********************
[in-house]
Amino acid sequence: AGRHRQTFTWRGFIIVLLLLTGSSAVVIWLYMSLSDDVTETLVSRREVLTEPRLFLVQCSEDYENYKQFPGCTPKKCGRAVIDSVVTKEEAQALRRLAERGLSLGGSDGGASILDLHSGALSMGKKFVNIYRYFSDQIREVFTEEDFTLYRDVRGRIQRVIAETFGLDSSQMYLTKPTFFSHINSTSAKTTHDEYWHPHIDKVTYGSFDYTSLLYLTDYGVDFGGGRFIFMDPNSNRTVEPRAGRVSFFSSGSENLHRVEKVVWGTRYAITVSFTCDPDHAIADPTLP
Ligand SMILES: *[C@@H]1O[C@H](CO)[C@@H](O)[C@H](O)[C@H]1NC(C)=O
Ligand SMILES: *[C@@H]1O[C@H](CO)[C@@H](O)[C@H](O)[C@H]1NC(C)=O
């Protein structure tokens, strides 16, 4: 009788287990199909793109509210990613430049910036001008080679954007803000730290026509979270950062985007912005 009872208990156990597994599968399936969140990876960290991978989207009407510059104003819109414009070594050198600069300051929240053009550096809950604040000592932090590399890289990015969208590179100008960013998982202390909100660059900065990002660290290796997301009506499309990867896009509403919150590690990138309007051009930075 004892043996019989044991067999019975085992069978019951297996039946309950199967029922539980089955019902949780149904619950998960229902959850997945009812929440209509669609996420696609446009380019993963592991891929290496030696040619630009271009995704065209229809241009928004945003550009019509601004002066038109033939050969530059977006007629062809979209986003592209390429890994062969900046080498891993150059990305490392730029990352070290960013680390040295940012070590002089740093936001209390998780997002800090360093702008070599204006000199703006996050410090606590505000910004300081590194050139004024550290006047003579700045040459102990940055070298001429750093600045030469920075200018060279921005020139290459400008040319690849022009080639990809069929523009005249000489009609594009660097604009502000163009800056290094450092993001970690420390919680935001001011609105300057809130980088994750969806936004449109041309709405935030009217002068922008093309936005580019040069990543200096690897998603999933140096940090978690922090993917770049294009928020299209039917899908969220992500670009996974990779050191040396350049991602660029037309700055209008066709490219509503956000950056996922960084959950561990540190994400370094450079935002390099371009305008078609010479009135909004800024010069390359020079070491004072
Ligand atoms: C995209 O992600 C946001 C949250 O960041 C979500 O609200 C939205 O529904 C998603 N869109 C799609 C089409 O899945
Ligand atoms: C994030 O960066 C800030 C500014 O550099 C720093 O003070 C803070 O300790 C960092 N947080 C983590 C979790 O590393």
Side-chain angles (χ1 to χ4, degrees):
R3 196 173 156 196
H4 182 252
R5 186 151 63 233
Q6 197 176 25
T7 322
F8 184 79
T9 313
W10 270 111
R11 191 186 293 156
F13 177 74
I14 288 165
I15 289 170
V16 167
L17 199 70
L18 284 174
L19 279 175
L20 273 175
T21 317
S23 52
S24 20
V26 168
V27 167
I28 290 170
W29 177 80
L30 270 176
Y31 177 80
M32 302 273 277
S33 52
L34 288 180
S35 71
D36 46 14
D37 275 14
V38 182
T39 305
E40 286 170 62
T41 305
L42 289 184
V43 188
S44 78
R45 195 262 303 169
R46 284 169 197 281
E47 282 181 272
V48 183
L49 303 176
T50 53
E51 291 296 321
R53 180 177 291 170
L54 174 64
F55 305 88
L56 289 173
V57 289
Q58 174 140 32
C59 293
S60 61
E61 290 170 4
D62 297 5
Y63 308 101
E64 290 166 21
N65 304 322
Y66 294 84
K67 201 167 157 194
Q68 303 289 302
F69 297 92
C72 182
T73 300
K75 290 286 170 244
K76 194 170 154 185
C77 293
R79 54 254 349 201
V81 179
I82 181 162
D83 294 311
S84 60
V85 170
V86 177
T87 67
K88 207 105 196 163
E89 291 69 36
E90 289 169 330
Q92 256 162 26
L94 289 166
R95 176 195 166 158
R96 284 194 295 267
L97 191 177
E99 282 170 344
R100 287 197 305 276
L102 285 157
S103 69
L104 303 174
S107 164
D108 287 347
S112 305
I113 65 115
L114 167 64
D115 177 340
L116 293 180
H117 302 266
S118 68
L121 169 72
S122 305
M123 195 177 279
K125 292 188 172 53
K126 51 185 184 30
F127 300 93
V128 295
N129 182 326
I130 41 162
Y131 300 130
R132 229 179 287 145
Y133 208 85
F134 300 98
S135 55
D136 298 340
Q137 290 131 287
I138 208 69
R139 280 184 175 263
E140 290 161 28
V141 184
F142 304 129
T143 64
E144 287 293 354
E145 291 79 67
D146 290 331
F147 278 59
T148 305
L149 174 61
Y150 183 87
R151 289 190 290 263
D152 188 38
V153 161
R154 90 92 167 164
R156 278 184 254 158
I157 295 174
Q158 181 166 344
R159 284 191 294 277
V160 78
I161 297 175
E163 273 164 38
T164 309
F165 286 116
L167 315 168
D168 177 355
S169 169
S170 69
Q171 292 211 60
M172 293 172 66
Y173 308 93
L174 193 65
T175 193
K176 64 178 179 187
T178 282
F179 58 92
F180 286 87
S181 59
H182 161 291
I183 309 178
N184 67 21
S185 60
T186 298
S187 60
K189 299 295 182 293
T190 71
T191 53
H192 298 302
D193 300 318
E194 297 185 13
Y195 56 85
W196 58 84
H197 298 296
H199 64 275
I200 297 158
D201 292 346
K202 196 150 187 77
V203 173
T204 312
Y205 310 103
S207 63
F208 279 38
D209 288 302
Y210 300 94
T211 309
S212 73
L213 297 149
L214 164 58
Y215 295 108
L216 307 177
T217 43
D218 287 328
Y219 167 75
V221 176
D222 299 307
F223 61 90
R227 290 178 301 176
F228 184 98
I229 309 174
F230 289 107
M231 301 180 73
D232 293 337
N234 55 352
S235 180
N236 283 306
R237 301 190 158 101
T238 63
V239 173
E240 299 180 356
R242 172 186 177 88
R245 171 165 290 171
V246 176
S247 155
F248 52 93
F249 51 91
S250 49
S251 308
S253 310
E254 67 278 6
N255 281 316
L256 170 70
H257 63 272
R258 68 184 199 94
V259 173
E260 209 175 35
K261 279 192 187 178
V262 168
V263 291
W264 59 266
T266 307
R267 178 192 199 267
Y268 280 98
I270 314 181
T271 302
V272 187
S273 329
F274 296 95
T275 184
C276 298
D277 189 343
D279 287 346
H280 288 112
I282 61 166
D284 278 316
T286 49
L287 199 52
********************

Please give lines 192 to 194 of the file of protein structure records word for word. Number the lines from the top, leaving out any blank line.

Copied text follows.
L214 164 58
Y215 295 108
L216 307 177